Construction Industry Compliance Assistance

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Lead Renovation, Repair and Painting (RRP) Rule and Lead Abatement Activities Updates

The Lead Renovation, Repair and Painting Rule has been in effect since 2008. It applies to home improvement contractors and building maintenance professionals who perform work for compensation that disturbs lead-based paint in homes or child-occupied facilities built before 1978. Contractors must comply with a set of rules including obtaining certifications, abiding by work practices, and recordkeeping (see CICA for details). RRP projects are typically performed at the option of the property owner for aesthetic or other reasons, or as an interim control to minimize lead hazards. It is NOT designed to permanently eliminate lead-based paint hazards.

Lead abatement projects are designed to permanently eliminate existing lead-based paint hazards. They may be ordered by a state or local government in response to a lead-poisoned child or other reason, or may be undertaken voluntarily at any time. Lead-based activities are regulated differently than renovation, repair and painting jobs, even though, in some cases, the activities are similar (see CICA for details). 

CICA Center has several important messages for businesses involved in home improvement and lead abatement. 

1. Biden-Harris Administration Proposes to Strengthen Lead Paint Standards to Protect Against Childhood Lead Exposure. On July 12, 2023, EPA announced a proposal to strengthen requirements for the removal of lead-based paint hazards in pre-1978 buildings and child care facilities, known as abatement activities, to better protect children and communities from the harmful effects of exposure to dust generated from lead paint. Aligning with the Federal Action Plan on reducing lead exposure to children, these stronger standards would go further to protect children from the dangers of lead exposure, in support of the Biden-Harris Administration's historic investment to reduce lead exposure and EPA's strategy to address the significant disparities in lead exposure along racial, ethnic and socioeconomic lines. 

2. Enforcement of the rules has been enhanced. Judging from EPA news releases, enforcement of lead-based paint rules remains a priority at EPA (See: EPA Fines Nine Springfield, Missouri, Home Renovators for Lead-Based Paint Violations, EPA penalizes Anchorage renovation company $25,609 for lead-based paint violations, and EPA Settlements with Two California Firms Help Protect Residents From Lead-Based Paint Health Hazards).  Further, EPA has stepped up enforcement in communities experiencing adverse disproportionate environmental and health risks and harms from lead.  (More information: EPA Strategy to Reduce Lead Exposures and Disparities in U.S. Communities (Oct. 2022).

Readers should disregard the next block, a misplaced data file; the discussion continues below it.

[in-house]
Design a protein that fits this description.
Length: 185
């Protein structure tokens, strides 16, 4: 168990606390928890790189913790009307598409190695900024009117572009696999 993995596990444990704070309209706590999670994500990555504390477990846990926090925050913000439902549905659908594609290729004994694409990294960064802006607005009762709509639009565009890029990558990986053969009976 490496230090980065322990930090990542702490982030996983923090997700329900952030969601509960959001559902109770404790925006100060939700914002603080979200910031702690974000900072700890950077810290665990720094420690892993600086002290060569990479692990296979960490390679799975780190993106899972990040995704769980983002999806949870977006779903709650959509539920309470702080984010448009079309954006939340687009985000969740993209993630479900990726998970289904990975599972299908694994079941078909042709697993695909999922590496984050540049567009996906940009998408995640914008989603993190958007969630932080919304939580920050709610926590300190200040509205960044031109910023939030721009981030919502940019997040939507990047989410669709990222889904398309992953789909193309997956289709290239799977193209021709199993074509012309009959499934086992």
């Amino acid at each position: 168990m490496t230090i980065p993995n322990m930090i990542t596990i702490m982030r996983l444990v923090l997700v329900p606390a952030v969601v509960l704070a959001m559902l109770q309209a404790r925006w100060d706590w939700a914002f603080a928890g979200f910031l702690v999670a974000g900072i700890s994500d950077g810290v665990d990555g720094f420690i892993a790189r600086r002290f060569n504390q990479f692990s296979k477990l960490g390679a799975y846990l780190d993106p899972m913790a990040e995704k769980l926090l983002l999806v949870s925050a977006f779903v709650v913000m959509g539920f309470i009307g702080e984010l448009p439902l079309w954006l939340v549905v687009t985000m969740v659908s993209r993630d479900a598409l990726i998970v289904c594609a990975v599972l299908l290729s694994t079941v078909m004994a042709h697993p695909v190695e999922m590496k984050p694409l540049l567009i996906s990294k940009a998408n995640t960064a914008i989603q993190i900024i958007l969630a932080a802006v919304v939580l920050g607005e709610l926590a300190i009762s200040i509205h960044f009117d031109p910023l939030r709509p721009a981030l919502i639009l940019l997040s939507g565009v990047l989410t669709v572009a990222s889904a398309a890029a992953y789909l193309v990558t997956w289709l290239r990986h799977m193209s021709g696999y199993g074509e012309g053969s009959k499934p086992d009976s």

EPA will also promote geographic initiatives in its ten Regions, focusing efforts on a specific area or community with more than one source of lead exposure. EPA will use mapping, predictive screening, and other tools to identify areas of concern and prioritize enforcement and compliance assurance activities. 

3. The definition of dust-lead hazard standards (DLHS) and dust-lead clearance levels (DLCL) have changed and may be lowered again in the future. EPA's dust-lead hazard standards (DLHS) provide the basis for risk assessors to determine whether dust-lead hazards are present during a risk assessment or a lead hazard screen in pre-1978 homes and childcare facilities. Dust-lead clearance levels (DLCL) are used to evaluate the effectiveness of post abatement cleaning and will reduce dust-lead related risks to children in pre-1978 homes and childcare facilities (where lead abatement activities take place). To achieve clearance when dust sampling is required, values below those levels must be achieved.

EPA first established dust-lead hazard standards (DLHS) and dust-lead clearance levels (DLCL) in 2001 under sections 401, 402, and 403 of the Toxic Substances Control Act (TSCA).  In January 2021, EPA finalized a rule that lowered the DLCL to 10 μg/ft² for floors, 100 μg/ft² for window sills. DLCL for window troughs remained the same at 400 μg/ft². The new clearance levels became effective March 8, 2021. 

In July 2023, EPA proposed updating the dust-lead hazard standards (DLHS) and dust-lead clearance levels (DLCL). The proposal would change the DLHS for floors and window sills to any reportable level greater than zero, as analyzed by any laboratory recognized by EPA's National Lead Laboratory Accreditation Program. The new DLCL would be 3 micrograms per square foot (μg/ft²) for floors, 20 μg/ft² for window sills and 25 μg/ft² for window troughs. (Read our fact sheet describing the proposed rule (PDF).

4. Lead-Based Paint Technical Workshop. On October 17 and 18, 2023, the U.S. Environmental Protection Agency (EPA) and U.S. Department of Housing and Urban Development (HUD) will hold a virtual workshop to hear stakeholder perspectives on specific topics related to exposure to lead from existing residential lead-based paint, such as information on the relationship between lead-based paint and dust-lead, possible exposure pathways, and technologies for detection, measurement, and characterization of low levels of lead in paint. Through the workshop, EPA and HUD also seek to obtain new information on lead-based paint characteristics to help with EPA and HUD's reevaluation of the definition of lead-based paint.